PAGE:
Wednesday, August 03, 2005
Life in the "Fat Ship" Navy – Part III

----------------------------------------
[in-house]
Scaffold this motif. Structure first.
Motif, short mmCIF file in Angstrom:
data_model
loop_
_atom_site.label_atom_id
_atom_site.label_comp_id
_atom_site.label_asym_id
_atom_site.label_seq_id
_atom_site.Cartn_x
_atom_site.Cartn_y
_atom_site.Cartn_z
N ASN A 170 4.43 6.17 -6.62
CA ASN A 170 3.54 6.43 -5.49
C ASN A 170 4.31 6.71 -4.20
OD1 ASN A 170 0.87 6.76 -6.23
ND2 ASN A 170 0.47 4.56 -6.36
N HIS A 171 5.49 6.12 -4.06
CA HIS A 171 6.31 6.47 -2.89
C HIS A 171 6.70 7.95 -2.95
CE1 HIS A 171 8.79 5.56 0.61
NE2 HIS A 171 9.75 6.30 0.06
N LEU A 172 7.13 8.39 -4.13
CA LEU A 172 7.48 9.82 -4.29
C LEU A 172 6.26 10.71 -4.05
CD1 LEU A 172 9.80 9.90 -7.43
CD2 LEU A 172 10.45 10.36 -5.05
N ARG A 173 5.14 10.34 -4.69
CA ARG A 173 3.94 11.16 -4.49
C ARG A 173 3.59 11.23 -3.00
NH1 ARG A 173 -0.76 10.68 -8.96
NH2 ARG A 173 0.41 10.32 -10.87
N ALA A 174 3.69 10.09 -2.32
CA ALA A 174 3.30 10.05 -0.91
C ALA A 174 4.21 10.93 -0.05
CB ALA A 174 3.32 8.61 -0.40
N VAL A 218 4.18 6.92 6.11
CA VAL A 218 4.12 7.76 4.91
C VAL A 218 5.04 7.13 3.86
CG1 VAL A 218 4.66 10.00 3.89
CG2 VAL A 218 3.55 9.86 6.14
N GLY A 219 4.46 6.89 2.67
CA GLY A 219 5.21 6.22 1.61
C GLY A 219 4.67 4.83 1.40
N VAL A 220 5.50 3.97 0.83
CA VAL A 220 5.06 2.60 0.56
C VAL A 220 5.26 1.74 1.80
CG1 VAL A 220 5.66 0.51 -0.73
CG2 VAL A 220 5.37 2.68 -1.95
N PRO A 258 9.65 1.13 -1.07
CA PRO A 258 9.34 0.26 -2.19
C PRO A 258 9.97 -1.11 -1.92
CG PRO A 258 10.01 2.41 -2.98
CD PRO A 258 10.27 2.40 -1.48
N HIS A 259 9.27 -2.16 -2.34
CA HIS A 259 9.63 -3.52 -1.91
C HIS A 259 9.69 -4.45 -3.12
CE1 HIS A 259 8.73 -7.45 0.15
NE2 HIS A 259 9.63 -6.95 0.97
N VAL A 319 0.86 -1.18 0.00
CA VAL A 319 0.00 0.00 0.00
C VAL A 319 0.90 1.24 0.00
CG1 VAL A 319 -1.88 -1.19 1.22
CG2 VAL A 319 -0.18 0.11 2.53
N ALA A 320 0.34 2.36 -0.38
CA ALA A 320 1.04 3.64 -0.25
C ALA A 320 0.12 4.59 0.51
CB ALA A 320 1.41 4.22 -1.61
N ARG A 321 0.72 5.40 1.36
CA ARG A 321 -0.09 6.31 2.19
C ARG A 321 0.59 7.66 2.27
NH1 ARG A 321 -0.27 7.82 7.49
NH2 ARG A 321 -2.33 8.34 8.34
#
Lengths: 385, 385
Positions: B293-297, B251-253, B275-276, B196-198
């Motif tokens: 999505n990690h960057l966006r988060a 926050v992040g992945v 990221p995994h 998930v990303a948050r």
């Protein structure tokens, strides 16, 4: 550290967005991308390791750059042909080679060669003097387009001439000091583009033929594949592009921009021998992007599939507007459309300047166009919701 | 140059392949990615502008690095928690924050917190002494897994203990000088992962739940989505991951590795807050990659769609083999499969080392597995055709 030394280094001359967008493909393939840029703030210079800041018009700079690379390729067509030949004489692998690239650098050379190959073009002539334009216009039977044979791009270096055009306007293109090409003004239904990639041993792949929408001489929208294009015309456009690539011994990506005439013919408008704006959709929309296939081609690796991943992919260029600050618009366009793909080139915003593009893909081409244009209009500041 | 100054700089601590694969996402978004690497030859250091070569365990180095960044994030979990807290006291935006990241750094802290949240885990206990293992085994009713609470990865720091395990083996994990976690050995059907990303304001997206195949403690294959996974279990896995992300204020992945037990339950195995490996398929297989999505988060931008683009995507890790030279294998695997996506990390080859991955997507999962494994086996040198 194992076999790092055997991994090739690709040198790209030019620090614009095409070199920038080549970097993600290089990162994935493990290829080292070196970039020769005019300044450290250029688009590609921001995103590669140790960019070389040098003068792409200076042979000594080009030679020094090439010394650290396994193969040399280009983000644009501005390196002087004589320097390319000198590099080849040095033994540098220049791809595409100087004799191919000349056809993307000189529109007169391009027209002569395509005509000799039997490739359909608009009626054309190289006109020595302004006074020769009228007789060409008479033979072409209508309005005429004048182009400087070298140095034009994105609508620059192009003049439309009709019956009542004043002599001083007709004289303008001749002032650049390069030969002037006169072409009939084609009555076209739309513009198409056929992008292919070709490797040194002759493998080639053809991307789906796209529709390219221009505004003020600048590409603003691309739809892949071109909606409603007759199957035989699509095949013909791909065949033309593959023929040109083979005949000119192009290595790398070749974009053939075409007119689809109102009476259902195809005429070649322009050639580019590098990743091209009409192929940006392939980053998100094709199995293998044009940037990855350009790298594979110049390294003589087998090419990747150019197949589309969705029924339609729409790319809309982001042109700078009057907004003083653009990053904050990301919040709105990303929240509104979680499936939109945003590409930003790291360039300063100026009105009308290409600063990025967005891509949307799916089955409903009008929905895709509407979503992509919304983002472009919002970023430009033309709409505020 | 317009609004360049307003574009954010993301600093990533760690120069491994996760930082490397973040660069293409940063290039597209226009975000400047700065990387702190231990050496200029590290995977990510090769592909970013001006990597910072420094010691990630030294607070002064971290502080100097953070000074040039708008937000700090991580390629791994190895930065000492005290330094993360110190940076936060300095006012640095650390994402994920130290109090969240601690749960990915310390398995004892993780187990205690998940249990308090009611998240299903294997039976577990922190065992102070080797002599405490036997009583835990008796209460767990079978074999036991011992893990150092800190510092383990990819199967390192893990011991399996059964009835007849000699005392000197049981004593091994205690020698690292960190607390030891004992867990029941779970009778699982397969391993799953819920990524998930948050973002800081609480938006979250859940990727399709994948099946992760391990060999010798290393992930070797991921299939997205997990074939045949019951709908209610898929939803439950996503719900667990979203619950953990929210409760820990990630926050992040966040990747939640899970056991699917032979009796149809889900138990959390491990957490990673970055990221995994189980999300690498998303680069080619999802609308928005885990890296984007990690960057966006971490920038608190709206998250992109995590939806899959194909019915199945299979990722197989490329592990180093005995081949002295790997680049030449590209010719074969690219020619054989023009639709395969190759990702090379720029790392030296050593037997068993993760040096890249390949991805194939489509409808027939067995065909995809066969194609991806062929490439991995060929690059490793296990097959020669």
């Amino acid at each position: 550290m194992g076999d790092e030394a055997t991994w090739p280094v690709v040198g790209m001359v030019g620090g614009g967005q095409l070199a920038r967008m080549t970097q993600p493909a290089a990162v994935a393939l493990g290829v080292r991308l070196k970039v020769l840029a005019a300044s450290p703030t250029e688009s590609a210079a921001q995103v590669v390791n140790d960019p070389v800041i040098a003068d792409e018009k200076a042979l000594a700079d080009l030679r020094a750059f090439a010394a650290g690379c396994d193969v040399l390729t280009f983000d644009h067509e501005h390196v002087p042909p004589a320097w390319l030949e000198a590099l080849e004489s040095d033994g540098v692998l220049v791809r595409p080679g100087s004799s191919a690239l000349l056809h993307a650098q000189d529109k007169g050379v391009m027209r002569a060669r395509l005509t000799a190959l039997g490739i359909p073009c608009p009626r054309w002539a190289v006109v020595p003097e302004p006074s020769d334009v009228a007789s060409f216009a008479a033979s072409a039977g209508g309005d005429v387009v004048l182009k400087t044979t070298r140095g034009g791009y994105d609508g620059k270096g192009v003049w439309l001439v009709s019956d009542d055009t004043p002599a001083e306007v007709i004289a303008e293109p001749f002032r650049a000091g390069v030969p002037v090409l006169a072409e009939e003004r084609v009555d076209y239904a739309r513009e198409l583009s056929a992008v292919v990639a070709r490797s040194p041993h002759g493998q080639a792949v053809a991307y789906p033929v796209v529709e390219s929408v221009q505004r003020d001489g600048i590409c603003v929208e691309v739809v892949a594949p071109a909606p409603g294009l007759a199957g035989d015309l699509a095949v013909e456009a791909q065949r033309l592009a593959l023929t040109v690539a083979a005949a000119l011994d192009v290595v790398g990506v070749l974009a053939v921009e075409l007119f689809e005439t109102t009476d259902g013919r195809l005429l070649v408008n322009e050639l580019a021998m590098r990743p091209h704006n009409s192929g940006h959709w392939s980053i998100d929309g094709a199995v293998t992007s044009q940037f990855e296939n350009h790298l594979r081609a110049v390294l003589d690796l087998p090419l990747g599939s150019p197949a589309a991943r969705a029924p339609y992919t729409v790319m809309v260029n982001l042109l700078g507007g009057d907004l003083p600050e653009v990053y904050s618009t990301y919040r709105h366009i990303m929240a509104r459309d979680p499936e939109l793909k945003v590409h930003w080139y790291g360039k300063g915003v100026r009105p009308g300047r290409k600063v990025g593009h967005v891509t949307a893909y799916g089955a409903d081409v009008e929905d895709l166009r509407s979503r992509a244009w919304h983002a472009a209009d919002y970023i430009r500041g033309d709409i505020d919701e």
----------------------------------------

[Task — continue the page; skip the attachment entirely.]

Previously, on "Life in the 'Fat Ship' Navy": Life in the "Fat Ship" Navy – Part I Life in the "Fat Ship" Navy – Part II Life in the "Fat Ship" Navy – Part IV Life in the "Fat Ship" Navy – Part V The activity is fast paced, yet controlled chaos. The myriad of issues that are arising, are being handled almost subconsciously at this point. Most of the Ship’s organization are at their maximum output, while others are doing what they always do. Deep in the bowels of the ship, just about half way between the bow and the stern, and several decks below the Main Deck is Fuel Control Central. Here engineers work for a seasoned warrant officer, who manages the flow of cargo fuel to the ship’s alongside. Not only does he have to select the tanks to pump from, it is crucial that he balances where he takes fuel from. Despite how gracefully the ship appears to handle it’s load of about 8.5M gallons of fuel, poor decisions could possibly cause the Ship to "hog" or "sag," putting dangerous stresses on the keel. Hogging is when there is little fuel in the midships area, with the remaining liquid distributed in the forward and aft tanks. The stress of hogging cause the bow and stern to settle lower in the water, bending the keel up in the center. Sagging is the opposite. Little liquid is forward or aft, so the weight is concentrated in the center area of the keel. Both conditions are to be avoided. Even if they don’t cause a catastrophic failure this day, extended period of this type of shifting to flex the keel reduces the life of the hull. The corpsmen wander the deck of the ship, wearing white "float coats" with large red crosses. White plastic hardhats and green medical bags adorn them. The Ship’s doctor is also wandering about, just in case of an accident. In the cargo magazines below, Gunner’s Mates and Boatswain’s Mates, with Storekeepers, located the cargo ammo to transfer it, inventory the projectiles, powders, missiles and small arms ammo by production lots. They segregate the items by the unit they are to be delivered to. It’s hot, it’s loud and they are handling pallets and “coffins” of explosives. The accounting is critical for two main reasons, one obvious, and one more subtle. The first is to account for this expensive and dangerous material, the second is to be able to find specific items, in the case of a safety issue, or a need to send your ammo to some place that needs it. It wasn’t unusual to receive messages indicating lots of ammo had gone out of date, or determined to be unsuitable for use. You have to be able to track down all that hasn’t been expended and mark it to make sure it’s not set out for use. The ammo if forklifted onto the ammo elevators and sent up to the cargo deck for staging. In After Steering, a space, like Fuel Control Central, deep in the bowels of the ship, except it is deep in the stern, in the space right above the massive two rudders that protrude into the sea to provide directional control for the Ship. Under normal operation, the bridge helm as direct control of the rudders via electro-mechanical connections to After Steering. There are large cables that run almost the length of the ship for this purpose, one on the port side of the ship, the other to starboard. This provides redundancy in the event of battle damage. Large switches on the forward bulkhead of After Steering control which one is being used. In After Steering, a pair of hydraulic motors are mounted to each rudder. This provides another layer of redundancy for this critical function of steering. The space is manned by an After Steering Safety Officer, a quartermaster, who is a qualified helmsman, and an electrician. Under normal circumstances, they have nothing to do. In an emergency, they immediately must take control of the rudders and steer the ship safely, without the benefit of being able to see where they are going. Rudder orders can be relayed by "pointer," a small arrow head that indicates on a degree scale how to place the rudder. “"fter Steering, take control of both rudders, steer by pointer" would be passed on the sound powered circuit. A gyro repeater is also provided in this space, where a helmsman could watch I, so the Bridge has the option of telling them to take control and to steer by gyro. The hope nothing too exciting happens. The "rudder horns," the large round tube that penetrates the hull and is the attachment point for the steering engines have access plates, held in place by studs and nuts. The labeling on each of them reads "Contaminated Dead Storage." It is a grim reminder of the world we exist in. It would provide a very isolated area to store those who may have died as a result of radiation sickness and couldn’t be decontaminated, or those who may have been exposed to bio agents and might still be infectious. (to be continued) Thanks to Mudville Gazette's Open Postings!